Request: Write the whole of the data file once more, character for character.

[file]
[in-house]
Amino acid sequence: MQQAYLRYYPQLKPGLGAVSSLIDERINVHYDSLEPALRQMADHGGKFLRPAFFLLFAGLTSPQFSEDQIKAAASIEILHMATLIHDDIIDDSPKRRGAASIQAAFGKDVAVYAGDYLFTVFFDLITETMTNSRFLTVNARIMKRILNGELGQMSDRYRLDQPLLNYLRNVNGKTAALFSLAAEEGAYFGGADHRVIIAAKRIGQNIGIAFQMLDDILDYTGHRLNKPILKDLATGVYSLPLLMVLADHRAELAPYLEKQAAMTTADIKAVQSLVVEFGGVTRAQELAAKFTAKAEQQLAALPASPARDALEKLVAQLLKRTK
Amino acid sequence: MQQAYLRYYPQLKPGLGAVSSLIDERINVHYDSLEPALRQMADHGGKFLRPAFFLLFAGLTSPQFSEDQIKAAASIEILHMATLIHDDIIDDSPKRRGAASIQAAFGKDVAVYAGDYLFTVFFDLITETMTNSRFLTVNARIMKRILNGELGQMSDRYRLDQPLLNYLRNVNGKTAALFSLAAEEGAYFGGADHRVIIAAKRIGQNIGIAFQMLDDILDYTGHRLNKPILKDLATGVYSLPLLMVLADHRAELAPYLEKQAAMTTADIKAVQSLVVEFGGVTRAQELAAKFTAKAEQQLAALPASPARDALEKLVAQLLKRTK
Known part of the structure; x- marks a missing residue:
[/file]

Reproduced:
[in-house]
Amino acid sequence: MQQAYLRYYPQLKPGLGAVSSLIDERINVHYDSLEPALRQMADHGGKFLRPAFFLLFAGLTSPQFSEDQIKAAASIEILHMATLIHDDIIDDSPKRRGAASIQAAFGKDVAVYAGDYLFTVFFDLITETMTNSRFLTVNARIMKRILNGELGQMSDRYRLDQPLLNYLRNVNGKTAALFSLAAEEGAYFGGADHRVIIAAKRIGQNIGIAFQMLDDILDYTGHRLNKPILKDLATGVYSLPLLMVLADHRAELAPYLEKQAAMTTADIKAVQSLVVEFGGVTRAQELAAKFTAKAEQQLAALPASPARDALEKLVAQLLKRTK
Amino acid sequence: MQQAYLRYYPQLKPGLGAVSSLIDERINVHYDSLEPALRQMADHGGKFLRPAFFLLFAGLTSPQFSEDQIKAAASIEILHMATLIHDDIIDDSPKRRGAASIQAAFGKDVAVYAGDYLFTVFFDLITETMTNSRFLTVNARIMKRILNGELGQMSDRYRLDQPLLNYLRNVNGKTAALFSLAAEEGAYFGGADHRVIIAAKRIGQNIGIAFQMLDDILDYTGHRLNKPILKDLATGVYSLPLLMVLADHRAELAPYLEKQAAMTTADIKAVQSLVVEFGGVTRAQELAAKFTAKAEQQLAALPASPARDALEKLVAQLLKRTK
Known part of the structure; x- marks a missing residue: